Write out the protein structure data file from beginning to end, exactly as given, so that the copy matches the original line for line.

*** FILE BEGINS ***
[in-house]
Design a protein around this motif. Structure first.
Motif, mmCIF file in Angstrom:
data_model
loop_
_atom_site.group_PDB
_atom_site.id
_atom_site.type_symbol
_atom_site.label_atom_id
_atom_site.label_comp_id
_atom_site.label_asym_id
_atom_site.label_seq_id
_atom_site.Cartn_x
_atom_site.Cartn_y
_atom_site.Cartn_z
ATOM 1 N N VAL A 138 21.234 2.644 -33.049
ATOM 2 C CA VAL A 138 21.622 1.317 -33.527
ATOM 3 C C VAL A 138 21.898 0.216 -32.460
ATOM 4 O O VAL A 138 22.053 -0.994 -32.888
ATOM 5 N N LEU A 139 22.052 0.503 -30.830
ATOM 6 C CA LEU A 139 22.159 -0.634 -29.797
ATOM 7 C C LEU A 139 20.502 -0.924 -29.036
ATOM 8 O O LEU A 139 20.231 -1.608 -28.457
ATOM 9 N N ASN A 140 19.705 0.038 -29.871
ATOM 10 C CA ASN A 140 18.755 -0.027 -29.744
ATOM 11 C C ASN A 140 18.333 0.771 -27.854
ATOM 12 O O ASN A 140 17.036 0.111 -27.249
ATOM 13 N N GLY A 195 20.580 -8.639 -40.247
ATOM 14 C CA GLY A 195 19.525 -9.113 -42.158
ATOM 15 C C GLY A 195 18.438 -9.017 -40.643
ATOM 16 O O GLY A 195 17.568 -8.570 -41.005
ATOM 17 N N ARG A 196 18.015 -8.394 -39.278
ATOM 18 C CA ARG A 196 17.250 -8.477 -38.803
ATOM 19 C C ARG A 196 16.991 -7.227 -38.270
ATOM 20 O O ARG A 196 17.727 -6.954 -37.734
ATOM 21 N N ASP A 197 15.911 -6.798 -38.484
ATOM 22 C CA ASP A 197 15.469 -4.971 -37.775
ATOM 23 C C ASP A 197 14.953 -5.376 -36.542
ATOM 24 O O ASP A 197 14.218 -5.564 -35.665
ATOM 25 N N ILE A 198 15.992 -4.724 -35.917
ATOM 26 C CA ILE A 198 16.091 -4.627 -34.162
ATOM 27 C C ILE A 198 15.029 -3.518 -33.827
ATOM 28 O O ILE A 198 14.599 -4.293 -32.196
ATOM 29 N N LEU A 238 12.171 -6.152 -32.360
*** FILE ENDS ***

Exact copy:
[in-house]
Design a protein around this motif. Structure first.
Motif, mmCIF file in Angstrom:
data_model
loop_
_atom_site.group_PDB
_atom_site.id
_atom_site.type_symbol
_atom_site.label_atom_id
_atom_site.label_comp_id
_atom_site.label_asym_id
_atom_site.label_seq_id
_atom_site.Cartn_x
_atom_site.Cartn_y
_atom_site.Cartn_z
ATOM 1 N N VAL A 138 21.234 2.644 -33.049
ATOM 2 C CA VAL A 138 21.622 1.317 -33.527
ATOM 3 C C VAL A 138 21.898 0.216 -32.460
ATOM 4 O O VAL A 138 22.053 -0.994 -32.888
ATOM 5 N N LEU A 139 22.052 0.503 -30.830
ATOM 6 C CA LEU A 139 22.159 -0.634 -29.797
ATOM 7 C C LEU A 139 20.502 -0.924 -29.036
ATOM 8 O O LEU A 139 20.231 -1.608 -28.457
ATOM 9 N N ASN A 140 19.705 0.038 -29.871
ATOM 10 C CA ASN A 140 18.755 -0.027 -29.744
ATOM 11 C C ASN A 140 18.333 0.771 -27.854
ATOM 12 O O ASN A 140 17.036 0.111 -27.249
ATOM 13 N N GLY A 195 20.580 -8.639 -40.247
ATOM 14 C CA GLY A 195 19.525 -9.113 -42.158
ATOM 15 C C GLY A 195 18.438 -9.017 -40.643
ATOM 16 O O GLY A 195 17.568 -8.570 -41.005
ATOM 17 N N ARG A 196 18.015 -8.394 -39.278
ATOM 18 C CA ARG A 196 17.250 -8.477 -38.803
ATOM 19 C C ARG A 196 16.991 -7.227 -38.270
ATOM 20 O O ARG A 196 17.727 -6.954 -37.734
ATOM 21 N N ASP A 197 15.911 -6.798 -38.484
ATOM 22 C CA ASP A 197 15.469 -4.971 -37.775
ATOM 23 C C ASP A 197 14.953 -5.376 -36.542
ATOM 24 O O ASP A 197 14.218 -5.564 -35.665
ATOM 25 N N ILE A 198 15.992 -4.724 -35.917
ATOM 26 C CA ILE A 198 16.091 -4.627 -34.162
ATOM 27 C C ILE A 198 15.029 -3.518 -33.827
ATOM 28 O O ILE A 198 14.599 -4.293 -32.196
ATOM 29 N N LEU A 238 12.171 -6.152 -32.360